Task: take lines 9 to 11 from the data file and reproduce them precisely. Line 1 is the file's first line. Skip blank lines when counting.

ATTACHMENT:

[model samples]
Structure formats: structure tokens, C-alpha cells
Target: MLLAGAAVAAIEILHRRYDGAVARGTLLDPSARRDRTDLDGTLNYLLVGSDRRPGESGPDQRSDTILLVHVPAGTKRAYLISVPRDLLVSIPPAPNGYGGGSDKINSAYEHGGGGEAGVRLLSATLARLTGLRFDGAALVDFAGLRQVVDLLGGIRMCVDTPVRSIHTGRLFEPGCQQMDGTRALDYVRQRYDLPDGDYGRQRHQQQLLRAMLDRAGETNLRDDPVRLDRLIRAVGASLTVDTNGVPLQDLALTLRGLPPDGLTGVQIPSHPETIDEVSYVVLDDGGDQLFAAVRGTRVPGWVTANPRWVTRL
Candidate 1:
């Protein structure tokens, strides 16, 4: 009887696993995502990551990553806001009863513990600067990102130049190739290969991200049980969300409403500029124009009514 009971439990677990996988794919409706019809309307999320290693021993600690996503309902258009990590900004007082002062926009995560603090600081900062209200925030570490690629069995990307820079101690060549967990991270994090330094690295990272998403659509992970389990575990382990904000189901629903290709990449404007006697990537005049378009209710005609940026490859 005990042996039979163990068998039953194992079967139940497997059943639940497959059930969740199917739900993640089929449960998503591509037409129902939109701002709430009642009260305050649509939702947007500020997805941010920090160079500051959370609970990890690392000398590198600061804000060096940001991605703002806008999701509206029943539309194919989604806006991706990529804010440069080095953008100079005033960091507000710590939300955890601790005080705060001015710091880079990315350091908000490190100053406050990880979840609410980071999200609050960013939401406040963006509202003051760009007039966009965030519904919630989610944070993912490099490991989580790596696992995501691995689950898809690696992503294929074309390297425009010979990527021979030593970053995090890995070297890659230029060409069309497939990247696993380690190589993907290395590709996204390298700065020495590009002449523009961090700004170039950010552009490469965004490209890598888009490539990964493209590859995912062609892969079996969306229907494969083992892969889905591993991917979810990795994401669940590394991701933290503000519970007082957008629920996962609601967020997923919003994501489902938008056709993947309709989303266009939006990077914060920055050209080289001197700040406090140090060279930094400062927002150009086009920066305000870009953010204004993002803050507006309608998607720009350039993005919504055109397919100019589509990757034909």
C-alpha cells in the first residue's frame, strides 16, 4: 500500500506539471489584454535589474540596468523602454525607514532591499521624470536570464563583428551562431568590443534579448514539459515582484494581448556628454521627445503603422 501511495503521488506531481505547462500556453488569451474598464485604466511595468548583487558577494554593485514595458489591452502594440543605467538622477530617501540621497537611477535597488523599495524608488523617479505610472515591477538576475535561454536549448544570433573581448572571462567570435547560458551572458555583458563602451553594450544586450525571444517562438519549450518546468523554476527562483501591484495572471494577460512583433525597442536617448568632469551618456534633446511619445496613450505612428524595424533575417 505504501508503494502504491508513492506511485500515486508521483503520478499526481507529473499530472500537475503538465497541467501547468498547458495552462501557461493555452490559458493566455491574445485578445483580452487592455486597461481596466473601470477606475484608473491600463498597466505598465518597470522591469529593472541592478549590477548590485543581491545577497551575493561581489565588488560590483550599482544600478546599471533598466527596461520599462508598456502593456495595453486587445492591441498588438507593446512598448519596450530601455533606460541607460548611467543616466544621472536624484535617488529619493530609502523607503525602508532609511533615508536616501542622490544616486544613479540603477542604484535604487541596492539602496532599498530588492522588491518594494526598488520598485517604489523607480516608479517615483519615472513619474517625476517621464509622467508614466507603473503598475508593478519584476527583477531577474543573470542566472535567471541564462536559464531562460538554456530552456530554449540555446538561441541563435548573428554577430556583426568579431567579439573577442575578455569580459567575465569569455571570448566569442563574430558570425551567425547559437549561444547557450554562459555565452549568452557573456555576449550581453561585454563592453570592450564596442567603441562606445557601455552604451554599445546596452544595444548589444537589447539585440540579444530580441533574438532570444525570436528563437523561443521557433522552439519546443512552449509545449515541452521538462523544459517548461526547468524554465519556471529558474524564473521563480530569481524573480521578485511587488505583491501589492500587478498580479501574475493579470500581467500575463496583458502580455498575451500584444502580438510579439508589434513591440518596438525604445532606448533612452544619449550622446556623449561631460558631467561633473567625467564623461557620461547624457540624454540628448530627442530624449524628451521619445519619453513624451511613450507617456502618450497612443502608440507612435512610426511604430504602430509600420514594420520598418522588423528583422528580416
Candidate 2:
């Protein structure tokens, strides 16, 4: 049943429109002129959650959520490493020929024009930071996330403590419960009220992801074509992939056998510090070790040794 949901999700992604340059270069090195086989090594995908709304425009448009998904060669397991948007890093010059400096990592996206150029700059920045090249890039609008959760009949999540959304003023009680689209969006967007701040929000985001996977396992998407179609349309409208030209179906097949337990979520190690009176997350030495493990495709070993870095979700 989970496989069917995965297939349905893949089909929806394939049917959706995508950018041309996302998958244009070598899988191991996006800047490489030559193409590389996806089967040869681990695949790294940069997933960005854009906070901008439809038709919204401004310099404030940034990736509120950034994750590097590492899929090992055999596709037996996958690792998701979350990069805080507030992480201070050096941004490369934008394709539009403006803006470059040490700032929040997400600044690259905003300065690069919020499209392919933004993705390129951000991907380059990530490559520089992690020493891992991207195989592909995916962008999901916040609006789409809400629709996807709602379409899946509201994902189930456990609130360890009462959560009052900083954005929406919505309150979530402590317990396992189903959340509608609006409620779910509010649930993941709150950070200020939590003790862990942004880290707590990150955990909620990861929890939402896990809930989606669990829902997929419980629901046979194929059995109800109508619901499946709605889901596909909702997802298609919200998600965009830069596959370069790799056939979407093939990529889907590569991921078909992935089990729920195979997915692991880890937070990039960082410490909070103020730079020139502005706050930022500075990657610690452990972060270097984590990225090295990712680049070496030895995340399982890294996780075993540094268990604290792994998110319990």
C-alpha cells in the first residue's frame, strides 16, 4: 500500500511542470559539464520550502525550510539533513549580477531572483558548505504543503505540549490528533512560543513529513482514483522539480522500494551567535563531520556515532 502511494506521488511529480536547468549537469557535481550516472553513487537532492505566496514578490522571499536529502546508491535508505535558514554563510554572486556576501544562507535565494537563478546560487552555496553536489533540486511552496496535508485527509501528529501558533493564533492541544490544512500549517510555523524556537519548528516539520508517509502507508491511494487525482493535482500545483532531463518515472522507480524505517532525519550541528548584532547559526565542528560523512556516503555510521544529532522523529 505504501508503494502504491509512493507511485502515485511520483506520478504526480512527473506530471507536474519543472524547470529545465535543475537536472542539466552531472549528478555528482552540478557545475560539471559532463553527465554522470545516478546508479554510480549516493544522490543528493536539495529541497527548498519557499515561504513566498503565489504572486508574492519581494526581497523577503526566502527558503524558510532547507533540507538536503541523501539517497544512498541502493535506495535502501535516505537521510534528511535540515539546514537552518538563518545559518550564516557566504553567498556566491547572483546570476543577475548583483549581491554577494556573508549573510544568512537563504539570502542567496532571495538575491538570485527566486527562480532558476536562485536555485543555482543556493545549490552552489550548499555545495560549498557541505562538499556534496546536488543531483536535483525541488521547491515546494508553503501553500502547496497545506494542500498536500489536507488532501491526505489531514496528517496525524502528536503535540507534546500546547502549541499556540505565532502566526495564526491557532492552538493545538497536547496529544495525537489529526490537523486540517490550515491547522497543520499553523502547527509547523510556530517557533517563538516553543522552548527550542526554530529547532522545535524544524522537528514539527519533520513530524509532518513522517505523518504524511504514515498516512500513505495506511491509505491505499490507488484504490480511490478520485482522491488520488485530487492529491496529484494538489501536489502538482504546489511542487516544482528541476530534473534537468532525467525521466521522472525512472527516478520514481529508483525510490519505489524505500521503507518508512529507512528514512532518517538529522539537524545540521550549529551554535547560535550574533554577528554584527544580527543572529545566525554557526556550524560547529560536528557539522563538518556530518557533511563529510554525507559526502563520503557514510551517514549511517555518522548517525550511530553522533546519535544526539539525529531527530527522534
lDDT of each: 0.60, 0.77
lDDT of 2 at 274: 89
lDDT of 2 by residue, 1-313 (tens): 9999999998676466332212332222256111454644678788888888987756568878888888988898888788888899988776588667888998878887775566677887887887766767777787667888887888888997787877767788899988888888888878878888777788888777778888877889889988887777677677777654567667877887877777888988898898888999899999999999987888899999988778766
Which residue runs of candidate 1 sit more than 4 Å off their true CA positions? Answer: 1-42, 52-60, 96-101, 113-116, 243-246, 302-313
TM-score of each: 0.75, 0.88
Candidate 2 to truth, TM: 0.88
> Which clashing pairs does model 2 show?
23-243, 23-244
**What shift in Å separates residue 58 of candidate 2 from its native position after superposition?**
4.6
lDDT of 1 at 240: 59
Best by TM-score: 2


C-alpha cells in the first residue's frame, strides 16, 4: 500500500511542470559539464520550502525550510539533513549580477531572483558548505504543503505540549490528533512560543513529513482514483522539480522500494551567535563531520556515532 502511494506521488511529480536547468549537469557535481550516472553513487537532492505566496514578490522571499536529502546508491535508505535558514554563510554572486556576501544562507535565494537563478546560487552555496553536489533540486511552496496535508485527509501528529501558533493564533492541544490544512500549517510555523524556537519548528516539520508517509502507508491511494487525482493535482500545483532531463518515472522507480524505517532525519550541528548584532547559526565542528560523512556516503555510521544529532522523529 505504501508503494502504491509512493507511485502515485511520483506520478504526480512527473506530471507536474519543472524547470529545465535543475537536472542539466552531472549528478555528482552540478557545475560539471559532463553527465554522470545516478546508479554510480549516493544522490543528493536539495529541497527548498519557499515561504513566498503565489504572486508574492519581494526581497523577503526566502527558503524558510532547507533540507538536503541523501539517497544512498541502493535506495535502501535516505537521510534528511535540515539546514537552518538563518545559518550564516557566504553567498556566491547572483546570476543577475548583483549581491554577494556573508549573510544568512537563504539570502542567496532571495538575491538570485527566486527562480532558476536562485536555485543555482543556493545549490552552489550548499555545495560549498557541505562538499556534496546536488543531483536535483525541488521547491515546494508553503501553500502547496497545506494542500498536500489536507488532501491526505489531514496528517496525524502528536503535540507534546500546547502549541499556540505565532502566526495564526491557532492552538493545538497536547496529544495525537489529526490537523486540517490550515491547522497543520499553523502547527509547523510556530517557533517563538516553543522552548527550542526554530529547532522545535524544524522537528514539527519533520513530524509532518513522517505523518504524511504514515498516512500513505495506511491509505491505499490507488484504490480511490478520485482522491488520488485530487492529491496529484494538489501536489502538482504546489511542487516544482528541476530534473534537468532525467525521466521522472525512472527516478520514481529508483525510490519505489524505500521503507518508512529507512528514512532518517538529522539537524545540521550549529551554535547560535550574533554577528554584527544580527543572529545566525554557526556550524560547529560536528557539522563538518556530518557533511563529510554525507559526502563520503557514510551517514549511517555518522548517525550511530553522533546519535544526539539525529531527530527522534
lDDT of each: 0.60, 0.77
lDDT of 2 at 274: 89